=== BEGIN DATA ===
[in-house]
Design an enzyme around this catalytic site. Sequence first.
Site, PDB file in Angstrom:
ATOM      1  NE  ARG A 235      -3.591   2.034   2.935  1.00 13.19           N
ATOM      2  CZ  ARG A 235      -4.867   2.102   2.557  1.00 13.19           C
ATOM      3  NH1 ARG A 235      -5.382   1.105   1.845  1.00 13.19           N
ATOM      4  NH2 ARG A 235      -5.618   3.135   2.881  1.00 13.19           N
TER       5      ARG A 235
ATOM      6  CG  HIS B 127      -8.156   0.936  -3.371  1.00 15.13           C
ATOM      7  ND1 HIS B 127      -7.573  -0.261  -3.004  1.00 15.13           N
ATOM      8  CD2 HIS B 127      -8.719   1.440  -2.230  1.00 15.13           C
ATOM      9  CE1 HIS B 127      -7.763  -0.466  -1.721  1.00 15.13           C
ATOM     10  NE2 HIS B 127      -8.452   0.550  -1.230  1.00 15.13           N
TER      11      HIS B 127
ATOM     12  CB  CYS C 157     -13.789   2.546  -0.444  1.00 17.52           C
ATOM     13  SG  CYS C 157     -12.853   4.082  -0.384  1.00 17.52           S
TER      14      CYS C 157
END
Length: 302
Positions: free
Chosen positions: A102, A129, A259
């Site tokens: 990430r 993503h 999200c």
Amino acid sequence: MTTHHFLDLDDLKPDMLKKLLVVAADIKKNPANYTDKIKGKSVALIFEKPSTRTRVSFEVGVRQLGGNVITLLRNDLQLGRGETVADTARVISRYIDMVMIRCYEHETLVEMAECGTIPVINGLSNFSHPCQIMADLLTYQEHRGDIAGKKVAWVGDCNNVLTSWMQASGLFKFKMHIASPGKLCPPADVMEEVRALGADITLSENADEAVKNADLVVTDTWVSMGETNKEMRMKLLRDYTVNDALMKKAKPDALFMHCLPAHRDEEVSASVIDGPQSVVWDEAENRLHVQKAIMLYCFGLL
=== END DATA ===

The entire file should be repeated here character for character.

[in-house]
Design an enzyme around this catalytic site. Sequence first.
Site, PDB file in Angstrom:
ATOM      1  NE  ARG A 235      -3.591   2.034   2.935  1.00 13.19           N
ATOM      2  CZ  ARG A 235      -4.867   2.102   2.557  1.00 13.19           C
ATOM      3  NH1 ARG A 235      -5.382   1.105   1.845  1.00 13.19           N
ATOM      4  NH2 ARG A 235      -5.618   3.135   2.881  1.00 13.19           N
TER       5      ARG A 235
ATOM      6  CG  HIS B 127      -8.156   0.936  -3.371  1.00 15.13           C
ATOM      7  ND1 HIS B 127      -7.573  -0.261  -3.004  1.00 15.13           N
ATOM      8  CD2 HIS B 127      -8.719   1.440  -2.230  1.00 15.13           C
ATOM      9  CE1 HIS B 127      -7.763  -0.466  -1.721  1.00 15.13           C
ATOM     10  NE2 HIS B 127      -8.452   0.550  -1.230  1.00 15.13           N
TER      11      HIS B 127
ATOM     12  CB  CYS C 157     -13.789   2.546  -0.444  1.00 17.52           C
ATOM     13  SG  CYS C 157     -12.853   4.082  -0.384  1.00 17.52           S
TER      14      CYS C 157
END
Length: 302
Positions: free
Chosen positions: A102, A129, A259
């Site tokens: 990430r 993503h 999200c």
Amino acid sequence: MTTHHFLDLDDLKPDMLKKLLVVAADIKKNPANYTDKIKGKSVALIFEKPSTRTRVSFEVGVRQLGGNVITLLRNDLQLGRGETVADTARVISRYIDMVMIRCYEHETLVEMAECGTIPVINGLSNFSHPCQIMADLLTYQEHRGDIAGKKVAWVGDCNNVLTSWMQASGLFKFKMHIASPGKLCPPADVMEEVRALGADITLSENADEAVKNADLVVTDTWVSMGETNKEMRMKLLRDYTVNDALMKKAKPDALFMHCLPAHRDEEVSASVIDGPQSVVWDEAENRLHVQKAIMLYCFGLL